The English Setter "Pennine Patron" by Reuben Ward Binks (1880-1950).
Gouache on paper of the Eggleston's English Setter "Pennine Patron" by Reuben Ward Binks (1880-1950). Signed "R Ward Binks", dated "1927" and titled "Pennine Patron" .
The Eggleston's, father JT and son Arthur breed some of the greatest pointers of the day. Many of today's dogs contain their bloodlines.
For example ""Broomhill Dan" had a great influence on the breed in the USA after being exported to that country by Mr J.T. Eggleston. (see Edmondson & Robertshaw, 1978, The Pointer)
'Tom Speedy' was another famous pointer sold to the American, R.C. Craig, (Cotton Exchange Building, New York City), and breed by J.T. Egglestone, on 28th March 1908. Tom Speedy was one of the pillars of the English stud book from the point of view of both work and looks. When exported to America he had a great influence on the American field trial stock. He had an exceptionally good nose and plenty of bird sense, but in America they were not too impressed so impressed with him, for they, as now, worked the Pointers differently.
Whelped on the same day as 'Tom Speedy' was 'Mallwyd Polly' later sold to, T.Steadman.
Another famous J T Eggleston dog was 'Pedigree of Lees's Lady' a bitch born in February 1922
Perhaps Arthur Eggleston's most famous dog Cruft winning dog was 'Pennine Prima Donna', bred by "Mr. D.K. Steadman bred this dog in January 1931 by "Marlais Marksman".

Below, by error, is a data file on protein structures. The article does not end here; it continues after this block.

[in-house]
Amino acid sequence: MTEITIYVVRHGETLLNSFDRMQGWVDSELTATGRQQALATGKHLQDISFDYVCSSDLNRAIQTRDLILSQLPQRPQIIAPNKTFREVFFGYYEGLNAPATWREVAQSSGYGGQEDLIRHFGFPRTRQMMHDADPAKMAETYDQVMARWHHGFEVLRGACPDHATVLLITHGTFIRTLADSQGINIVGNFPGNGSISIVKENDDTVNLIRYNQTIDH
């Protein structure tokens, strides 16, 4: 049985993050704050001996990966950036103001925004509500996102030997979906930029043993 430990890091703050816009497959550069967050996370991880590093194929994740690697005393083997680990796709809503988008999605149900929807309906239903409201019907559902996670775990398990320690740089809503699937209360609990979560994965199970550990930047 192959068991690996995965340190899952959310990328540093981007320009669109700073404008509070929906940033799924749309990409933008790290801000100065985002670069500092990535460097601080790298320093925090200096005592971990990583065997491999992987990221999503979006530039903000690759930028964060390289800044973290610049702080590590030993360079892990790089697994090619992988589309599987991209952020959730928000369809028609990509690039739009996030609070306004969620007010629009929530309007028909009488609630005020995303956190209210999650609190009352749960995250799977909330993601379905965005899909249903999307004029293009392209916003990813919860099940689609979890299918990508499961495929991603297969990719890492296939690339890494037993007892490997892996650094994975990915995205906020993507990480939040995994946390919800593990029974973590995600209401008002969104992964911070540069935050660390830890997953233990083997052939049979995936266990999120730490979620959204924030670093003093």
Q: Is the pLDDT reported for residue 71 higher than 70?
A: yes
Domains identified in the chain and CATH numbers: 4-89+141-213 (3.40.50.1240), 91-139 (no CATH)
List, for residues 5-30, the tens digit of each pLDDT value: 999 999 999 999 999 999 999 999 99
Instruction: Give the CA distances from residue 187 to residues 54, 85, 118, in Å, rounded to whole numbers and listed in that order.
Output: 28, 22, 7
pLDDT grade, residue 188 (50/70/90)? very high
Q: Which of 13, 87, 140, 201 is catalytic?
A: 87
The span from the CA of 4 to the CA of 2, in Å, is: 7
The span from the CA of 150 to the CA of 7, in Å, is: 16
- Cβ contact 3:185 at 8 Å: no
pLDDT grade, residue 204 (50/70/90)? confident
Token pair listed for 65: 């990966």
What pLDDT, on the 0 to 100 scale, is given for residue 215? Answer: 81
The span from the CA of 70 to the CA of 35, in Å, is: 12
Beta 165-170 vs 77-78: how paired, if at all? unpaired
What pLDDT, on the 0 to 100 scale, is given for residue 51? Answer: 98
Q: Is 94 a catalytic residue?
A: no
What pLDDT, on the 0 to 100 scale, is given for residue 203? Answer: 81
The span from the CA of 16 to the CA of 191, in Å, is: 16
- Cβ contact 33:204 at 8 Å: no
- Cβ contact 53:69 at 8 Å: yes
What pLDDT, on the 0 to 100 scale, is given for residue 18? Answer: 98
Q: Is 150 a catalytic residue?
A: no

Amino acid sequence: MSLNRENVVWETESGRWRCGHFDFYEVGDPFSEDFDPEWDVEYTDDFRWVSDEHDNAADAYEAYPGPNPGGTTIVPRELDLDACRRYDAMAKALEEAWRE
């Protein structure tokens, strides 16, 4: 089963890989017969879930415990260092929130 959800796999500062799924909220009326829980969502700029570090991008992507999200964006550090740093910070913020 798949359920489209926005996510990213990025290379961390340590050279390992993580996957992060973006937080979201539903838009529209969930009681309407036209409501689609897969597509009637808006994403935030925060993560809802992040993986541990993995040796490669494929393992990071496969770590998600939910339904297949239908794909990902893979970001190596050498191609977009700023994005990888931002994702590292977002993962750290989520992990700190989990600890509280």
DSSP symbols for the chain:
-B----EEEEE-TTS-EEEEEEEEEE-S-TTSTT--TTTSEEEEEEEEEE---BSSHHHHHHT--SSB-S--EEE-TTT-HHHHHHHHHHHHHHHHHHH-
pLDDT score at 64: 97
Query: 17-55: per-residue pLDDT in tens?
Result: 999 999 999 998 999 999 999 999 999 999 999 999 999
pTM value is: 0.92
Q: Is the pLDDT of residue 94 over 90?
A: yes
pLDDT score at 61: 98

"Prima Donna", which making her debut ... was immediately hailed by the judge, Major Harry Gunn, as a smasher of smashers, and from then on her career was the story of one magnificent triumph after another. She won over a score of challenge certificates. Crufts was never beaten by any Pointer in Britain. And with her Mr. Arthur Eggleston won what was perhaps the greatest honour ever to come the way of a Pointer in this country, best all breeds at Cruft's in 1935. Before that she had been best all breeds at other championship shows in Blackpool, Darlington, and Leeds. Though her career in America, to which she departed after her Cruft's success, was not one of similar unchallenged supremacy, principally because at the time there appeared to be decided differences in the type preferences of American and British judging, she yet became a champion there. She died, in the late part of 1938.
This is a SOLD item and has been left in the Public Domain for research purposes. Images are available for public use with an acknowledgement to www.hamsheregallery.com